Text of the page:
Fans celebrating at a Jays game. CC Flickr by Zhu.

There are numerous ways to define Toronto: its breadth of diversity, the hospitality of its residents, or the quality of its leadership all come to mind. Last summer the city was defined by the mayoral election. This year will be marked as the year of sport for Toronto, thanks not only to the Pan American Games, but the success of the Toronto Blue Jays.

2015 marked the most successful Jays season the city saw in the past 22 years. If you walked anywhere in the downtown core over the past two months you would have seen hundreds of Jays hats-and-jersey-adorned fans littering the streets. 

2015 marked the most successful Jays season the city saw in the past 22 years.

Not only did the sale of various Jays merchandise skyrocket over the length of the team’s playoff stint, but so did collective pride and excitement about the team — a breakthrough Toronto based sports desperately needed. “[The success of the Jays] brings together people of different walks of life, social locations, and ages to share the experience of cheering on a winning team” said urban studies lecturer David Roberts in an interview with U of T News.

The success of the Jays couldn’t have come at a better time. University aged students alone have seen several Leafs and Raptors teams spiral into the abyss of NHL and NBA standings. We’ve lost playoff spots by one point on more than one occasion, and so desperately needed this ego boost to finally get over the memory of the 5-1 lead loss the Leafs had in the infamous game seven match against Boston in 2013.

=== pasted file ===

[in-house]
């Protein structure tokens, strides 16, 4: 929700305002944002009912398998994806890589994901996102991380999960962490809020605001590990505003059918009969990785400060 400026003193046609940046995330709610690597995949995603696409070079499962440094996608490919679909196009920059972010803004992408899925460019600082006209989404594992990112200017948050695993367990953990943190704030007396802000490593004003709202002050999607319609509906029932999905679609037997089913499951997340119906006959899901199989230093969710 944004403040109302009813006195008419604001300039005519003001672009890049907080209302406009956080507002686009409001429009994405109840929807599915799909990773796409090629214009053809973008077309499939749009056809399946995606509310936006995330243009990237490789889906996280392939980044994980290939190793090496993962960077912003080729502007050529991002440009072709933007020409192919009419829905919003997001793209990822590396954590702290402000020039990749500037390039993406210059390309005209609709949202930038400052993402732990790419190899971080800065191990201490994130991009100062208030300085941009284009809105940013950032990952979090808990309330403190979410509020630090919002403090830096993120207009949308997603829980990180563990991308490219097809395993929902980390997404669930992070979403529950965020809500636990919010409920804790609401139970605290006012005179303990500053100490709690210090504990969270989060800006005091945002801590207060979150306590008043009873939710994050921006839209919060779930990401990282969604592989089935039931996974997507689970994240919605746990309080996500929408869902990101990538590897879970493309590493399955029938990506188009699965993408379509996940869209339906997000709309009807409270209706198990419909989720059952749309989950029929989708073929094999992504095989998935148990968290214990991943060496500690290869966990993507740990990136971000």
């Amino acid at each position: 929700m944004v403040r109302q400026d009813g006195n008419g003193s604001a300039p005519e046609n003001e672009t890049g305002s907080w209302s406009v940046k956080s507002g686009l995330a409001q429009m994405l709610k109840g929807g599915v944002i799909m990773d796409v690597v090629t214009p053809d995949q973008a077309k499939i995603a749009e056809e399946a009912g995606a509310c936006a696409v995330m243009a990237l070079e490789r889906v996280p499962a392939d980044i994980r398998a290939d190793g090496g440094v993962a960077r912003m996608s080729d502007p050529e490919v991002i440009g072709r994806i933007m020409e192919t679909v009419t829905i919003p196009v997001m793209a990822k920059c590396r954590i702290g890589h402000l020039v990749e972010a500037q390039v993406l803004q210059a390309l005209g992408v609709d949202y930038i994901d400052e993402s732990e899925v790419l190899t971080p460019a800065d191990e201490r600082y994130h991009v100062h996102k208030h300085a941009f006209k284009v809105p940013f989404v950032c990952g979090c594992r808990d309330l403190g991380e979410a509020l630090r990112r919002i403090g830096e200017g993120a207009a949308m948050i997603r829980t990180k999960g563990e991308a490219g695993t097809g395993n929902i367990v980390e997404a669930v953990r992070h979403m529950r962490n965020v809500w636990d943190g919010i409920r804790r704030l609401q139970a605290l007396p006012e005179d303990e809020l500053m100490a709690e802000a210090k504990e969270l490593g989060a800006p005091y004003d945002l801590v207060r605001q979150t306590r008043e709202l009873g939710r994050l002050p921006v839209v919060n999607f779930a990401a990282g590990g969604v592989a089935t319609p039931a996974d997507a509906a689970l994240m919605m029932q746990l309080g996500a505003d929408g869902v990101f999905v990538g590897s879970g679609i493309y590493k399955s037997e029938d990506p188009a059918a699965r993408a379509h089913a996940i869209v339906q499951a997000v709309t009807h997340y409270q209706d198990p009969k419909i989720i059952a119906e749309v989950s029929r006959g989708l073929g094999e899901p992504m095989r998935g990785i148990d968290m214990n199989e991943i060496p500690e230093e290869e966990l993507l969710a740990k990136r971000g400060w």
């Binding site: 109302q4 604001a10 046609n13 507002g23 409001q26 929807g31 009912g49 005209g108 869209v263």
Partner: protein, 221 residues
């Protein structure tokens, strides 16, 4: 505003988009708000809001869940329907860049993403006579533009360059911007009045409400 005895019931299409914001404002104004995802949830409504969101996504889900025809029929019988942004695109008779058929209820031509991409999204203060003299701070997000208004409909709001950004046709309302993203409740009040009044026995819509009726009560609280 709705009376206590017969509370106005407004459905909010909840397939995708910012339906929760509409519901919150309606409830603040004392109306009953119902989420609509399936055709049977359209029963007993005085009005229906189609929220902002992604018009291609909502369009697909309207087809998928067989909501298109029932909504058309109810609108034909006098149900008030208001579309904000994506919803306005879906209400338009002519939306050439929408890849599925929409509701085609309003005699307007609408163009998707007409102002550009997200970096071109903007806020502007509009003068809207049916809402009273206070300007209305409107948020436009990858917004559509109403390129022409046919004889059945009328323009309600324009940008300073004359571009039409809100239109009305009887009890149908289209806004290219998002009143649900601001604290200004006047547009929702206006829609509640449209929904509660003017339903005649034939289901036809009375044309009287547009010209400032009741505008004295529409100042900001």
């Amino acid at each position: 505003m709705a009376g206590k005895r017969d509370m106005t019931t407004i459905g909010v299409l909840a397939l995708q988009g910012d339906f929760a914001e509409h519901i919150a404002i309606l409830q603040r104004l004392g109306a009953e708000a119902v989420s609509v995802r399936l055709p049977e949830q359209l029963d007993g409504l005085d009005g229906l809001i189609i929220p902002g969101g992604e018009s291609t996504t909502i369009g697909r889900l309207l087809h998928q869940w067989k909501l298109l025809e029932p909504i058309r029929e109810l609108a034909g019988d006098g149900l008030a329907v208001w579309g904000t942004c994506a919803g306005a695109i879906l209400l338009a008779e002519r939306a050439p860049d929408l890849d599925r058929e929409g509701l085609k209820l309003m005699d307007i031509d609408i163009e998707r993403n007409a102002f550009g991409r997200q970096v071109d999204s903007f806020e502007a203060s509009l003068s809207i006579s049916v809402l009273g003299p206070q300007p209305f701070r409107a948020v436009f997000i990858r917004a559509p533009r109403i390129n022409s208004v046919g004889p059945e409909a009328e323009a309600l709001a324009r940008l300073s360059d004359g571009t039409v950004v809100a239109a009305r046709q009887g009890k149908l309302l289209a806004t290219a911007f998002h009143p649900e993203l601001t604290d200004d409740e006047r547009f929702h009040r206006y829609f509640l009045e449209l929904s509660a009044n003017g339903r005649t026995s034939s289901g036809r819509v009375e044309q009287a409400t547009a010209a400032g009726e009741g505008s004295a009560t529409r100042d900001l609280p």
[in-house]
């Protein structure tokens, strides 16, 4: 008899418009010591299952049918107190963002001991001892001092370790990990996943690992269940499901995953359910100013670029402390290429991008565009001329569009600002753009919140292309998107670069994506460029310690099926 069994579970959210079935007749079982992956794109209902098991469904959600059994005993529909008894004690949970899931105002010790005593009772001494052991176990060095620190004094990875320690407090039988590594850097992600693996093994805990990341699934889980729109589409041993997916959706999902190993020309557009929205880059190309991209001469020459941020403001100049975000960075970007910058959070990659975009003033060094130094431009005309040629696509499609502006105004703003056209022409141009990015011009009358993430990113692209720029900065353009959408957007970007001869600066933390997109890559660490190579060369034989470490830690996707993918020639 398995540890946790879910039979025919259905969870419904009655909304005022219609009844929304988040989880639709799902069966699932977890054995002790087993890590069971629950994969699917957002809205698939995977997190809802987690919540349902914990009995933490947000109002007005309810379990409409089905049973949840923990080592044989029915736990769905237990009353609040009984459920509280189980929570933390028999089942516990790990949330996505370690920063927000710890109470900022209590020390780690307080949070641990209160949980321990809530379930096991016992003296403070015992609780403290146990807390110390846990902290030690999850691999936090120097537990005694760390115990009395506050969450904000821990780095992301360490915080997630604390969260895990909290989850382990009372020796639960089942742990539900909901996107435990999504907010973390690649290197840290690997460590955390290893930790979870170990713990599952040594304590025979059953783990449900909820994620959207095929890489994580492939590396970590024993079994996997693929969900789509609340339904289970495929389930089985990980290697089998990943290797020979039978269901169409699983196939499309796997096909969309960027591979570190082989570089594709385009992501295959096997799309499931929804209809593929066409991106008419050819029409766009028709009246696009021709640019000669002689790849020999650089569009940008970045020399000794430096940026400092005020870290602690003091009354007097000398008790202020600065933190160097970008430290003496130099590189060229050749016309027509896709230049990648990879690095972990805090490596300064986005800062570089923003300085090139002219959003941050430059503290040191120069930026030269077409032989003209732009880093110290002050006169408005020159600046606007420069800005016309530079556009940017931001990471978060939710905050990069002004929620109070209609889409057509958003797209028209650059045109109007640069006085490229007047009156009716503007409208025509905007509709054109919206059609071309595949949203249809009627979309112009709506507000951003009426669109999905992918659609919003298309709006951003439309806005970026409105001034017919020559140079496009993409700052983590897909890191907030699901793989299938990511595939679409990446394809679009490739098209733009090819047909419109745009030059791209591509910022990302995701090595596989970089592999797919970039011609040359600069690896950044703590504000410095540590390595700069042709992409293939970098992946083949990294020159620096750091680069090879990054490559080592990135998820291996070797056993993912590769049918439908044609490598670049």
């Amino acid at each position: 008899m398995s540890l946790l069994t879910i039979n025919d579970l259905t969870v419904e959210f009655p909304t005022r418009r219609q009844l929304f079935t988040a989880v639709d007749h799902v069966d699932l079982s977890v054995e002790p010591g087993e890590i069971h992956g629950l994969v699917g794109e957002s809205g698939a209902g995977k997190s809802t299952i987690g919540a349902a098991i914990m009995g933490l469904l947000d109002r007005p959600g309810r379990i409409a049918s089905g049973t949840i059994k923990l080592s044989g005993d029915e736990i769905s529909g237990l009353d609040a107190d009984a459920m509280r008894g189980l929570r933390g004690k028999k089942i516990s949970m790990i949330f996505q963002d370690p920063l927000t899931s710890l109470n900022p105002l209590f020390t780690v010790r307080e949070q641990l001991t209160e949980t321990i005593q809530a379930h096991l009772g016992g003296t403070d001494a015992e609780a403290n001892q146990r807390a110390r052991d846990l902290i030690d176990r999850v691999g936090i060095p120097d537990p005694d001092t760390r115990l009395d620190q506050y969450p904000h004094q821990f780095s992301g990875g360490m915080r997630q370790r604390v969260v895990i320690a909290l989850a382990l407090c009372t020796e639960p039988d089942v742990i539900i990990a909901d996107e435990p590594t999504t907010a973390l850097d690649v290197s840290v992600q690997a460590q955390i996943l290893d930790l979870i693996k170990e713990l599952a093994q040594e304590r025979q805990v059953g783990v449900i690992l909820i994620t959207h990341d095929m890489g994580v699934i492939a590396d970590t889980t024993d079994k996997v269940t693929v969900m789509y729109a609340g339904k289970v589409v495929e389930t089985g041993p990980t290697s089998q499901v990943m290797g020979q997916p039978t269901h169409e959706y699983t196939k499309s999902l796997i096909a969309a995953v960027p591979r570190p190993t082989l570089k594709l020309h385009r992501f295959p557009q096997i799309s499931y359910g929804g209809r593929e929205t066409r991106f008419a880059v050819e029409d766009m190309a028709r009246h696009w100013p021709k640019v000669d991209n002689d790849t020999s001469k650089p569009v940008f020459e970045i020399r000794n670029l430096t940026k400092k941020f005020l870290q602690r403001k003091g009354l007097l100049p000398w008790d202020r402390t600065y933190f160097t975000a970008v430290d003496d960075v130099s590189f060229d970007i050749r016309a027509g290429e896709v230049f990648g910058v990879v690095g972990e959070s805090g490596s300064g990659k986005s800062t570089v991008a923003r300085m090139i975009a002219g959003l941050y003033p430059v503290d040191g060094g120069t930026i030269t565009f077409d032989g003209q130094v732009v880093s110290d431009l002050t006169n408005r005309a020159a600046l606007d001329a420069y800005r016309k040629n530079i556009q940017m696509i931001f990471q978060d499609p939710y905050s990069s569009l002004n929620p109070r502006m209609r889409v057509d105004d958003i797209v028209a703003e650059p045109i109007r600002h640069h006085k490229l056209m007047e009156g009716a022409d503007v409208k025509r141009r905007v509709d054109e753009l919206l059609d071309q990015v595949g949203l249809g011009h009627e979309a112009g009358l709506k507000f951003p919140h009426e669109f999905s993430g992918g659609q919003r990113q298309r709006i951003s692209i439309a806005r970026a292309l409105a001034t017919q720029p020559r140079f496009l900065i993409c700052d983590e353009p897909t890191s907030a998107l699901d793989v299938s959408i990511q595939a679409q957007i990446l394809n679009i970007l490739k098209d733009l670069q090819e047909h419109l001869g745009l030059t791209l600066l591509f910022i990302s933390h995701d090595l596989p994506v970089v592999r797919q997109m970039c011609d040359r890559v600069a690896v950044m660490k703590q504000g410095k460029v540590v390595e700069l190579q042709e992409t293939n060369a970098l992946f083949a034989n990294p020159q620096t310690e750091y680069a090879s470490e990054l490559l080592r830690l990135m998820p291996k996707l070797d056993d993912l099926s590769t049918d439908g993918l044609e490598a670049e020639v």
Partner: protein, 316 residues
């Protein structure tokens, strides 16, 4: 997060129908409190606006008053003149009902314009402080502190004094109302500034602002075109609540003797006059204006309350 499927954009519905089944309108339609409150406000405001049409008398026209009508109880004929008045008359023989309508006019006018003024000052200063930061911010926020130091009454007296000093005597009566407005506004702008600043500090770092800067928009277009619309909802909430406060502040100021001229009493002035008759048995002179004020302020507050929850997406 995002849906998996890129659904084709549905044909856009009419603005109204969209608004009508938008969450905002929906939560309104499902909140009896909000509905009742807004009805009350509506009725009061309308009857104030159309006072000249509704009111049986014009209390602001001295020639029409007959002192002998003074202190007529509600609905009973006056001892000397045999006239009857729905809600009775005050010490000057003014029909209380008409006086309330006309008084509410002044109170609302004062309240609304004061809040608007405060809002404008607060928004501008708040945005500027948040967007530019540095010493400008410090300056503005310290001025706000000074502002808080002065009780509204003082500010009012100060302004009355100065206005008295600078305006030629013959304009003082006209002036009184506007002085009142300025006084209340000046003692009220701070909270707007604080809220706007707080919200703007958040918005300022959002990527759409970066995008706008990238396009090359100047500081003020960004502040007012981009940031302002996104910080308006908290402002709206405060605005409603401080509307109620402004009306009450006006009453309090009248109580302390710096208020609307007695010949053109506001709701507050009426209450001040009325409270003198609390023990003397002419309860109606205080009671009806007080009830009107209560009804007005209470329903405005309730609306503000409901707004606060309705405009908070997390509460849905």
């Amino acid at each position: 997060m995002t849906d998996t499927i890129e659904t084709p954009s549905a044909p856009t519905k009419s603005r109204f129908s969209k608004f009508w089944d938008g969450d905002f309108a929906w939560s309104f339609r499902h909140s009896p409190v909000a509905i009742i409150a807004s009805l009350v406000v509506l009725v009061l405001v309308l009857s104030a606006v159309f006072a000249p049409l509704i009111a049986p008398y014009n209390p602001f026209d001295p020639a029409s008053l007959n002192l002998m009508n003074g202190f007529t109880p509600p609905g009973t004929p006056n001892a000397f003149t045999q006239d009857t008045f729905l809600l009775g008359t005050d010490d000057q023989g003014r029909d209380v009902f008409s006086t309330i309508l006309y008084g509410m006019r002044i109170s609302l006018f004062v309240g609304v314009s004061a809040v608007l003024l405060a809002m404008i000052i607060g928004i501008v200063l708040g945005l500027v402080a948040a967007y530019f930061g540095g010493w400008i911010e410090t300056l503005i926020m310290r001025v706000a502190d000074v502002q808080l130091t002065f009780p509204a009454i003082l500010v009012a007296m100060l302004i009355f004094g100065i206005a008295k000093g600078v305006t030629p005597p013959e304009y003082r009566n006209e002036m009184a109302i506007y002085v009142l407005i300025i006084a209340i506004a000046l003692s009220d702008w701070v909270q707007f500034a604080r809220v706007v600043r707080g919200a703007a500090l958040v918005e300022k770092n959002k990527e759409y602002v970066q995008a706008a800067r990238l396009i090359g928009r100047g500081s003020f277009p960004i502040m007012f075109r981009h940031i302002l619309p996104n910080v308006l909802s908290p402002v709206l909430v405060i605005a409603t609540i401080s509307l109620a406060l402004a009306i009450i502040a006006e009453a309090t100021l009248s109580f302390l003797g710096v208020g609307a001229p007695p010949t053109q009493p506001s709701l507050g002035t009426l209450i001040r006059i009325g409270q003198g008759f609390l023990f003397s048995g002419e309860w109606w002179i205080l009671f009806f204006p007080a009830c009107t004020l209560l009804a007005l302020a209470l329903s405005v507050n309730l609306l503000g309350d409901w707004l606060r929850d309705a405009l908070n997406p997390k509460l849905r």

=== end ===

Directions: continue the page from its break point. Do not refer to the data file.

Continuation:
The city reveled in the tenacity and expertise of Josh Donaldson, David Price, and Jose Bautista, who to many, are now considered civic heroes. Aside from the fact that the Jays roster was the best we’ve seen in decades, athletes, management, and the media continued to hype the success of the team until the bitter end. Now the only question left is sustainability.

Roberts admits that the civic pride and excitement the Jays created over the past few months in Toronto will be difficult to sustain after the team’s elimination from the ALCS on Friday, but there is still hope. “Part of the challenge of creating a greater impact is to figure out how to extend the feelings about the Blue Jays to the city of Toronto… [which will] likely takes some visionary civic leadership,” he said.

The Jays success may also translate into a newfound appreciation for university sport as well. The Varsity Blues men’s baseball and women’s fastpitch teams — both coming off third place finish’s in the OUA and OIWFA championships, respectively, this season, may be able to harness some of Toronto’s new found love of the game.

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